Political summer tour on golf courses

One might think a workshop group is on the way. They visit GC Ulm and inspect first the flowering meadows near the clubhouse, talk about amphibian migration and nutrient-poor areas of grassland, finally ending in front of a visually unspectacular area where the large burnet is promoted; a plant, in turn, den burnet blue, an extreme rarity among butterflies Ulrich Müller from the Donau-Iller regional association of the BUND.

The group we are talking about here is made up of Green Party politician Dr. Andre Baumann, ministry employees from Baden Württemberg, golf association officials, conservationists, beekeepers, greenkeepers, golfers. Anyone who takes a closer look at the constellation comes to the realization that a group like this would never have met so harmoniously on a golf course five years ago.

Politics meets golf

The situation has changed: politics is affecting golf courses because they offer many areas that are close to nature. The golf courses work together with environmental protection associations such as the BUND or the State Association for Bird Protection because they have recognized that sport can only survive in harmony with nature. And the environmental and nature conservationists are happy to help on the golf courses because, as Müller puts it in Ulm, “there they encounter rarities that hardly exist anywhere else.”

That’s why Andre Baumann, former Secretary of State for the Environment in Baden-Württemberg and now the state’s representative to the federal government, is currently on a summer tour of golf courses, which will end in Ulm. He was at the Solitude Golf Club in Stuttgart, at the Domäne Niederreutin Golf Club and now he’s here. Anyone who listens to him will notice: the man is a specialist. He is a biologist, was for a long time state chairman of the German Nature Conservation Union, and has now been nominated by the Green Party as a candidate for the state parliament. There are quite a few in the region who believe that this could be the next environment minister in Baden-Württemberg.

Dr. Andre Baumann (2nd from left), authorized representative at the federal government, with the President of the Baden-Württemberg Golf Association, Otto Leibfritz (3rd from right), at GC Ulm

Communication prevents too much bureaucracy

“Our major goal is to protect biological diversity in Baden-Württemberg,” explains Baumann. The golf courses impressed him “because they were so different” and because he recognized the potential they offer. “One of the cornerstones of our goals is that we talk to each other and not about each other,” he says to the people in front of him. Apparently, this works at GC Ulm, as can be seen from the two newly designed greens, the approval of which went through official channels without any problems, because the representatives of the golf course, the lower nature conservation authority and the nature conservation associations involved understand each other. “Once you have built up trust, you can also rebuild something unbureaucratically”, “it is exemplary how this works here”, sums up the politician.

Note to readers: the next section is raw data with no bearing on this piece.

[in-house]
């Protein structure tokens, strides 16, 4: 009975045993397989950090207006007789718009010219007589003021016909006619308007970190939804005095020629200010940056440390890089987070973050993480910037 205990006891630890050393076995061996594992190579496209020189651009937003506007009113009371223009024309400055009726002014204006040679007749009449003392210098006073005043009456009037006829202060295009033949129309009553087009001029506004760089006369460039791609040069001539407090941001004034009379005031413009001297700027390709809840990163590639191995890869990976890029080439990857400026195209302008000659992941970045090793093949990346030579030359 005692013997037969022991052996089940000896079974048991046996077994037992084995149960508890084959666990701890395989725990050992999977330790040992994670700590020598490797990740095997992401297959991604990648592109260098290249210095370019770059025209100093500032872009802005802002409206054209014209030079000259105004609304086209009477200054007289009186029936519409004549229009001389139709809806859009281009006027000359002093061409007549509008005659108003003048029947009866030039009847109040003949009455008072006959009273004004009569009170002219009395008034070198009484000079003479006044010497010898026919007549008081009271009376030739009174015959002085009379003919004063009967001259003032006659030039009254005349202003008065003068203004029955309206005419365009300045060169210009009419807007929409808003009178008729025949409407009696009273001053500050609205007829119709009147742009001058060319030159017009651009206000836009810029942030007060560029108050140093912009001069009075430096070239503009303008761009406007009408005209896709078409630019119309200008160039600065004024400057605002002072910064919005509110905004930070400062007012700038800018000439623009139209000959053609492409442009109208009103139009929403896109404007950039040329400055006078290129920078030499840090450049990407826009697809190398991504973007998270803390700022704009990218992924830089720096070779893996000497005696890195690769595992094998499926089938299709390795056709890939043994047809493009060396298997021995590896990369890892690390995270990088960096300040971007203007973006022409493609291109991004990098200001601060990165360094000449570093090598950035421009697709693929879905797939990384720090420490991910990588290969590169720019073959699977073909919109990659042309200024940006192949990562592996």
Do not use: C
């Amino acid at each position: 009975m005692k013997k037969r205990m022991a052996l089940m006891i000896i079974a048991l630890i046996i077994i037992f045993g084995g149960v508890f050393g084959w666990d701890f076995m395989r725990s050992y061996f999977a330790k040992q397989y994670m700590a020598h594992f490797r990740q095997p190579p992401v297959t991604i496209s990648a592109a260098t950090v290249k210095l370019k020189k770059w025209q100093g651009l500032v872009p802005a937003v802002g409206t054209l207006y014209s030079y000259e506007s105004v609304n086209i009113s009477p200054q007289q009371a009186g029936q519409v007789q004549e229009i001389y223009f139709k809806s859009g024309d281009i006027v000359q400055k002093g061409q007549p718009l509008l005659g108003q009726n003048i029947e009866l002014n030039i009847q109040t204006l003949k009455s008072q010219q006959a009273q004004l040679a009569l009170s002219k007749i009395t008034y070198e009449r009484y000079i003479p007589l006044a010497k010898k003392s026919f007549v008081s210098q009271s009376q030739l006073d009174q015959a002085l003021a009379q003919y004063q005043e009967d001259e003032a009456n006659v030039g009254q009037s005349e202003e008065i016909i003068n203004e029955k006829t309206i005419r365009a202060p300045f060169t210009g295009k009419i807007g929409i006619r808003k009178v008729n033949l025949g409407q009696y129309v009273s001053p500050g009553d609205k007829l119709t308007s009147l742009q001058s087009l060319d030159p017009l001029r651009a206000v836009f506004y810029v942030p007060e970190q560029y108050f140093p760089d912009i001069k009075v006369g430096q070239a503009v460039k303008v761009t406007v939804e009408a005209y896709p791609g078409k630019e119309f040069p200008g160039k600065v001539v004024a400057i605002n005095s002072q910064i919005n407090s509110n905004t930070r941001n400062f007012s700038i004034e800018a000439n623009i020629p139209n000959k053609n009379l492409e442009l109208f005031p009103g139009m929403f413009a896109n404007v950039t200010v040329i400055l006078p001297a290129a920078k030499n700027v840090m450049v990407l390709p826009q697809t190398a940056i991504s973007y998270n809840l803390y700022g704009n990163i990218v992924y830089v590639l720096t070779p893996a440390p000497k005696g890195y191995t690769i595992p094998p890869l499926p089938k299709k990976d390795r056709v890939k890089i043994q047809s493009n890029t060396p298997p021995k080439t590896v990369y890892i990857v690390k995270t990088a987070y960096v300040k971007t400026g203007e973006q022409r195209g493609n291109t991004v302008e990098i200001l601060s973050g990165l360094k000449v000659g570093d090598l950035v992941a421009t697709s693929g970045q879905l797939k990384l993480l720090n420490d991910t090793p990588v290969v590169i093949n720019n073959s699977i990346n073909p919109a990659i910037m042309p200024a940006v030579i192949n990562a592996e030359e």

The topic of species richness and biodiversity has arrived on the golf courses, which is also confirmed by the President of the Baden-Württemberg Golf Association, Otto Leibfritz . “Almost all clubs have realized what needs to be done,” he states. His colleague Arne Malte Uhlig from the Bavarian Golf Association adds: “Do good and talk about it, that’s the goal”. At the moment it is not clear enough to the public that species-rich areas have shaped the picture on golf courses beyond the fairways for decades.

High quality greens on the sports field are important for golfers

“Nevertheless, of course, we are first and foremost a sports field,” says Dr. Gunther Hardt, who, among other things, oversees the Golf & Nature certification program for the German Golf Association, in which all three of the golf courses visited participate. The combination of high quality greens and fairways, resource conservation and increasing biodiversity must be the focus of the work. “Now the topic also fits into the spirit of the times”, states the Vice President of the DGV Achim Battermann . This is one of the reasons why other state associations will also be pushing for intensified talks with representatives from politics, environmental organizations and golf. Hesse and Schleswig-Holstein are already on the right track.

At the end of the visit to the golf course, the politicians, association officials and nature conservationists are back together. It is a picture of unity, also of determination to do something positive in terms of species protection on and with the golf courses. It’s an image that actually seems unspectacular, but it’s not – because interests have come together here that were considered irreconcilable ten years ago.